The 2011 Asia Pacific Rally Championship was one of the best in many years, with well run events, an increase in the number of competitors, teams and sponsors. The competition throughout the championship was intense and for the drivers and manufacturers title, the outcome not decided until the final round.
As it turned out Proton Malaysia won everything but it wasn’t an easy road. Along the way there has been plenty of disappointment and heart-break for the team, but everything came together almost perfectly in China.
Scotsmen Alister McRae eventually won the drivers title and it was just reward for his and co-driver Bill Hayes dogged determination to
finish, when really at times the Satria should have retired. Three events in a row the Satria engine over-heated through a combination of factors including grass in the radiator at Malaysia, too much water in Australia and New Caledonia faulty head gaskets.
Along the way McRae picked up several punctures including Hokkaido where he had a handy lead, but he came to China leading the championship and in the event was fastest from stage 1 and no-one, not even his team Chris Atkinson could match McRae’s pace through the rough mountain tracks, or the smooth fast concrete roads.
For Chris Atkinson the final outcome was a major disappointment. After being fastest through the year, with wins in Malaysia, New Caledonia and New Zealand the Australian just could not match McRae in China, when it really mattered. And where McRae seemed to keep his Proton going and score points, when Atkinson stopped in Queensland and Hokkaido while leading, the engine was terminally damaged and therefore the Australian scored no points.
Proton did not have it all their own way and Gaurav Gill proved to be a major contender throughout the season and led the championship heading into Round 3 New Caledonia.
The problem was though, for the MRF driver to keep pace with the Protons he had to drive on the absolute ragged edge and eventually he paid the price with three crashes – one in New Caledonia and two in New Zealand. Hokkaido he won convincingly, then had the win taken away by the FIA after they judged the team’s R4 modifications to Gill’s Mitsubishi were not legal.
Gill’s disqualification from Hokkaido effectively handed the championship to Proton and understandably with nothing to gain and feeling they were unjustly punished , MRF pulled the pin and
decided not to go to China.
Worse though is the long-term ramifications. It is possible the MRF Tyres team have gone for good and no matter who was at fault with the debacle in Hokkaido, Gills exclusion from the results could have cost the APRC one of its major teams and an audience of a billion Indians.
The MRF Tyres team did of course win Hokkaido, as second place Katsu Taguchi was promoted to the top of the podium. It was however, the only bright point of the year for last years champion as Taguchi just never showed the spark he has in the past with three DNFs, although when the Japanese driver did finish it, was on the podium – Queensland (3rd) and Hokkaido (1st).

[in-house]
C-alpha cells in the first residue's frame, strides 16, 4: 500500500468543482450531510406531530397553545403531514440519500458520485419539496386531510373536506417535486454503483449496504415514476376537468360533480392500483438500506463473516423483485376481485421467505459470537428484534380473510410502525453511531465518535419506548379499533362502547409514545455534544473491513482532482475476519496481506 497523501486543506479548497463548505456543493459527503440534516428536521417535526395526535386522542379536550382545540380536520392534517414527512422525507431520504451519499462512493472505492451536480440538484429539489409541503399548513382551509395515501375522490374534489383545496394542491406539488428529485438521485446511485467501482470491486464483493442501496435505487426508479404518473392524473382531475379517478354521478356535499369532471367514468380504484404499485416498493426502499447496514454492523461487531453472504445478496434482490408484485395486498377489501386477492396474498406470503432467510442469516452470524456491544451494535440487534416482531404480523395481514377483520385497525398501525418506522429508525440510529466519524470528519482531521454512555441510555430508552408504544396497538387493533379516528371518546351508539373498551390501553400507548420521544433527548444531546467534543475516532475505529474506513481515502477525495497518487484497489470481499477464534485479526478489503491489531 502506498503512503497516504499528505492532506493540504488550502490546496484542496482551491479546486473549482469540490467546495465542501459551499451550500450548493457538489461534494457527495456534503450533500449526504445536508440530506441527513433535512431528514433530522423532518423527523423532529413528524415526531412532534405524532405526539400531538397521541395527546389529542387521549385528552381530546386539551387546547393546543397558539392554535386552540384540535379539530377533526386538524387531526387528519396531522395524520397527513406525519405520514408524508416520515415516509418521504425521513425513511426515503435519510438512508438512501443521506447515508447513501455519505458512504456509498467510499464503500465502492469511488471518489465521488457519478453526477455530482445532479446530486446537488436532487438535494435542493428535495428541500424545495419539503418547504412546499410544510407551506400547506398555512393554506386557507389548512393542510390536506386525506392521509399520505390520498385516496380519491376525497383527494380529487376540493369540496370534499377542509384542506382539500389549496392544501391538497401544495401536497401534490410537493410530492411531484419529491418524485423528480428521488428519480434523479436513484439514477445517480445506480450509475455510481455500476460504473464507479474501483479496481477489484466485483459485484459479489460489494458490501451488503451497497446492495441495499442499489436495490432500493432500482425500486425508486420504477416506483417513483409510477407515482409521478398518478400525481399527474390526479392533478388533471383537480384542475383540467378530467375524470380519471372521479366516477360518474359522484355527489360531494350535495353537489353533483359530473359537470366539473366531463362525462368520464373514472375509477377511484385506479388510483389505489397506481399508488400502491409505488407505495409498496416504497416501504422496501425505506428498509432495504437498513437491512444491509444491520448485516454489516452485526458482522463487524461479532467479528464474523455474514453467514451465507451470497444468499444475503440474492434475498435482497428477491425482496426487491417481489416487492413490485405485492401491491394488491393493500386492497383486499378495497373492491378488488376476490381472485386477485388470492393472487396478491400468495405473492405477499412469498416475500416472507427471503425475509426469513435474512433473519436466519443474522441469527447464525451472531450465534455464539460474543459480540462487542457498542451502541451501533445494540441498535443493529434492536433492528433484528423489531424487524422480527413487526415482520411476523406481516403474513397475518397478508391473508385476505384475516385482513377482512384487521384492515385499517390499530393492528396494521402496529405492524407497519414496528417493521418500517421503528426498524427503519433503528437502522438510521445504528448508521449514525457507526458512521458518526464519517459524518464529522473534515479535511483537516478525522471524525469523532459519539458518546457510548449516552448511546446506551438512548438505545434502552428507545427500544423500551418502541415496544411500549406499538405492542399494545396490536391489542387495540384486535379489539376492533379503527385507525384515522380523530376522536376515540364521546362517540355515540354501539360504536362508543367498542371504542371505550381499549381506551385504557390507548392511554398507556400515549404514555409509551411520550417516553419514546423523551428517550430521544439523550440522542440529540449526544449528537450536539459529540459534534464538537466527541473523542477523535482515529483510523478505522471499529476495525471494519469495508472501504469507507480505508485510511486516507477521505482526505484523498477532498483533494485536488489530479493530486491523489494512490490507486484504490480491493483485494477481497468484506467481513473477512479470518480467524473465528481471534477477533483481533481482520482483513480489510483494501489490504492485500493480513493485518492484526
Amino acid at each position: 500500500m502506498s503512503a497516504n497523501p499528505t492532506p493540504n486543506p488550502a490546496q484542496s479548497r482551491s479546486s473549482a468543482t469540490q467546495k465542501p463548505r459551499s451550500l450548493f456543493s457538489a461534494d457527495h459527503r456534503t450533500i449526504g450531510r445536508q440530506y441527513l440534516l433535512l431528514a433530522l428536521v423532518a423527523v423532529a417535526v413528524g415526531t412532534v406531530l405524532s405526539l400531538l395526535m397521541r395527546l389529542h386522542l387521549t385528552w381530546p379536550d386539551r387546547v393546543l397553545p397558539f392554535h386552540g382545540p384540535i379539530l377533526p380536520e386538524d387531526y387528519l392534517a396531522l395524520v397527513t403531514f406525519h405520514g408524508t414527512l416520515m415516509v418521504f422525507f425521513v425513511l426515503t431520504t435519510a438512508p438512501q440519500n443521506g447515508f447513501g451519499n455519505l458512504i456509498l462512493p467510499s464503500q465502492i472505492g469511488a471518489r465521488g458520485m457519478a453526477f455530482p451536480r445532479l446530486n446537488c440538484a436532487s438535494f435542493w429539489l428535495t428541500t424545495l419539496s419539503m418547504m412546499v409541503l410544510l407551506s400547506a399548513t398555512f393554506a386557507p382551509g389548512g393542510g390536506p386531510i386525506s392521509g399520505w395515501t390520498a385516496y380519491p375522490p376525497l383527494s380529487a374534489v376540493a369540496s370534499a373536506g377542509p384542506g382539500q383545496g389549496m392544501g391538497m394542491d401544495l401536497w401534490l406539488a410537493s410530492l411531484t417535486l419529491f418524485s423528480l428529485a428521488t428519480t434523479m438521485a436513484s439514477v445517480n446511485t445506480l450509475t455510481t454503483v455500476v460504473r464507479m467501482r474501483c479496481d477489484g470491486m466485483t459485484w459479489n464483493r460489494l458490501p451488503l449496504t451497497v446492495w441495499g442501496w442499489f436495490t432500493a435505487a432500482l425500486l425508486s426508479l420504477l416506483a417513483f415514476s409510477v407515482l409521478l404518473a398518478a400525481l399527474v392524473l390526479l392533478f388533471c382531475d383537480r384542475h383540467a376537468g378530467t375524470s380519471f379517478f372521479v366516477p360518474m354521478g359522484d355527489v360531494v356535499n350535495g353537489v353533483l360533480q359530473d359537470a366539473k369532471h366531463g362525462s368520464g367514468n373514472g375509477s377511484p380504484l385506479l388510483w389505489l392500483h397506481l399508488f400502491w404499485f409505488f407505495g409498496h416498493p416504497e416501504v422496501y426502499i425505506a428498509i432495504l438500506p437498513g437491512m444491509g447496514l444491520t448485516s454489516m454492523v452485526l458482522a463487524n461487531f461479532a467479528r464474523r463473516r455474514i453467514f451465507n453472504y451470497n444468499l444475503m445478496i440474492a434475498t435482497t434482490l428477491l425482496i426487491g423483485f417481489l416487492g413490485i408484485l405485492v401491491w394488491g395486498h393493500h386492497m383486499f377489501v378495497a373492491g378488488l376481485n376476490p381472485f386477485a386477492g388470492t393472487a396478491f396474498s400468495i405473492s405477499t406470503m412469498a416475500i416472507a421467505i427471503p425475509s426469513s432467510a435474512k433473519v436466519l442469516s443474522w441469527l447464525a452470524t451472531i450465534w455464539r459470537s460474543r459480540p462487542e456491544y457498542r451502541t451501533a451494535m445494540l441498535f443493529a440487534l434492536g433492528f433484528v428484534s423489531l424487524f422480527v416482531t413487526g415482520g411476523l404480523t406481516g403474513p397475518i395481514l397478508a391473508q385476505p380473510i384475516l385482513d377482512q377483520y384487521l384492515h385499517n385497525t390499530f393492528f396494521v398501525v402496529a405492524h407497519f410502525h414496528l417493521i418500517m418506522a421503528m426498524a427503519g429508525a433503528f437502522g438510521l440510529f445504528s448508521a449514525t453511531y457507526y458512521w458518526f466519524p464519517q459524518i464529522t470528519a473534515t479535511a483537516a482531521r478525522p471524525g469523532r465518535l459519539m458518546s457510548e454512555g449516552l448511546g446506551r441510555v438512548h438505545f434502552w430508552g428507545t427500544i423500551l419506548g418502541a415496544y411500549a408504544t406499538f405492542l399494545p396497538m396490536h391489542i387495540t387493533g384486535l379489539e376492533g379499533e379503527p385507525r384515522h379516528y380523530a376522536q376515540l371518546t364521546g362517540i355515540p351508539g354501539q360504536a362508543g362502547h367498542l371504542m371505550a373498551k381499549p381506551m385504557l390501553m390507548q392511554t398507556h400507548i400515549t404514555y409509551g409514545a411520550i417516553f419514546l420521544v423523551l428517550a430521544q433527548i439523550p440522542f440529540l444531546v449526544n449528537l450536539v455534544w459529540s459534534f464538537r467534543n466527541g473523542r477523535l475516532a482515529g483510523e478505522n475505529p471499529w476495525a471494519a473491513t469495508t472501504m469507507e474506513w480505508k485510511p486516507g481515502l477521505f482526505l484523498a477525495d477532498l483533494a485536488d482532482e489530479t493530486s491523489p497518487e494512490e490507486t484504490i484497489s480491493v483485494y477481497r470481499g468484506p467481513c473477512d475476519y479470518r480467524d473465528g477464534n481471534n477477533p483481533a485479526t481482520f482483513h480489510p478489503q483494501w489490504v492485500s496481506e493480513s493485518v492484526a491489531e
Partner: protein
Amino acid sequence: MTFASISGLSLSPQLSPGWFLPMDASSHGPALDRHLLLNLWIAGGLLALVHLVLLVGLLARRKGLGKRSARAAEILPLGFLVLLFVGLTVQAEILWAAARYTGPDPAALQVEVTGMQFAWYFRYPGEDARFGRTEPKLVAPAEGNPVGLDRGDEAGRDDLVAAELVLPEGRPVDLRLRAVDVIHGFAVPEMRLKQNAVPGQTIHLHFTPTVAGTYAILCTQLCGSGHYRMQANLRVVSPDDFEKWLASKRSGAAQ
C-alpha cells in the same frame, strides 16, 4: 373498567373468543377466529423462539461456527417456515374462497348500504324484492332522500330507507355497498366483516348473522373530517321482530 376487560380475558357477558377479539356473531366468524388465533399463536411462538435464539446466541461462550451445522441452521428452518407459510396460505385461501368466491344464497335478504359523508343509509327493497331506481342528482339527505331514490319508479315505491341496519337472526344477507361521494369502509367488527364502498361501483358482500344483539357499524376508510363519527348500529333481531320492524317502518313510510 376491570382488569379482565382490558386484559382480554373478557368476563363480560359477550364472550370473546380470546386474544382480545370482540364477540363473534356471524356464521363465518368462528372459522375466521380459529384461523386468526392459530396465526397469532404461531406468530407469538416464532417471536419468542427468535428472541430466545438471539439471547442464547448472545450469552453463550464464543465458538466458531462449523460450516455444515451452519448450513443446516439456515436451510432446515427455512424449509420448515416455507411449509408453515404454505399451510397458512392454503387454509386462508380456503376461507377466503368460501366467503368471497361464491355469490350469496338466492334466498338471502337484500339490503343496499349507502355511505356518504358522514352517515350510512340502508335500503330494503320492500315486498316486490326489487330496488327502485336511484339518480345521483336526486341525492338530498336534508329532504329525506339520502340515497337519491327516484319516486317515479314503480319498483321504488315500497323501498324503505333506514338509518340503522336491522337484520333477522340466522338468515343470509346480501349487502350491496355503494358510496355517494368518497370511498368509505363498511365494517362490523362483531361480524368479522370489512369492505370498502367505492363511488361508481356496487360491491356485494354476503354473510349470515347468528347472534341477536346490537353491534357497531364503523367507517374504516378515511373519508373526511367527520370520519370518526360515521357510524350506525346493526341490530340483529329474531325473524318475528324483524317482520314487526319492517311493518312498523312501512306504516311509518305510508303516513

Cusco-Pertamina were a major player this year. Indonesian Rifat Sungkar has always ‘knocked on the door’ of good results but lately lacked the equipment. The Pertamina partnership with Cusco paid immediate dividends with Sungkar and team-mate Sumiyama equal fastest on the first stage of the championship opener in Malaysia, with Sungkar fastest driver of the day on Leg 2.
Sungkar was very fast in New Caledonia, second place and again quickest driver on Day 2 kept the Indonesian in the hunt for APRC drivers points and by China the Indonesian had secured a comfortable third place. His team-mate Sumiyama was entered in the Asia Cup only and his year got off to shocking start with two crashes in Malaysia. The young Japanese driver picked up the pieces though in Japan and China and earned himself second place in the Cup, behind winner McRae.
Flying the Cusco flag this year was Karamjit Singh who pipped Brian Green by one point to 6th in the drivers championship. A former APRC Champion the Malaysian drove one of the 1.6 front-drive Protons in 5 events to win the inaugural APRC Two-Wheel Drive Cup title.
Singh’s Proton-Cusco team-mate Akira Bamba drove another excellent championship to win the Junior Title, but just couldn’t match his older more experienced team-mate to snatch the two-wheel drive cup too. In Hokkaido Singh and Bamba were so evenly matched that going into the last stage of Day 2, they were on equal times for the day. Amazingly they both clocked the same time on the last stage (the 1.2km Super-special) and the points for fastest of the day had to be shared!!
The Asia and Pacific Cups were both hotly contested with over twenty drivers registered in the Pacific Cup. Prominent amongst those and hopefully entered in the full series next year, was Indonesian Subhan Aksa who was at one point third overall in New Caledonia.
Another driver to shine and that will hopefully return in 2012 was Australian Nathan Quinn. The young Australian raised a few eyebrows in Australia when he led overall and then in New Caledonia was a major contender for overall victory, only to retire on the second day. The offer of a drive in China with the Soueast Motor Kumho team was an added bonus and hopefully one thast will give Quinn career a boost.
The teams trophy was added this year and it enabled one-off drives by specialised competitors. The Chinese Soueast Motor Kumho Team made good use of these rules with Richard Mason third for the team in New Zealand and Finlands Jari Ketomaa 2nd in China. The teams title did eventually go to Proton, but Ketomaa almost stole the manufacturers title for Mitsubishi in China, it was that close.
And next year??
Will MRF return??
Is the rumoured Mini team from Europe going to appear?
Who will drive the Proton S2000’s in 2012?
Stayed tuned and have a happy New Year from all the team at APRC TV.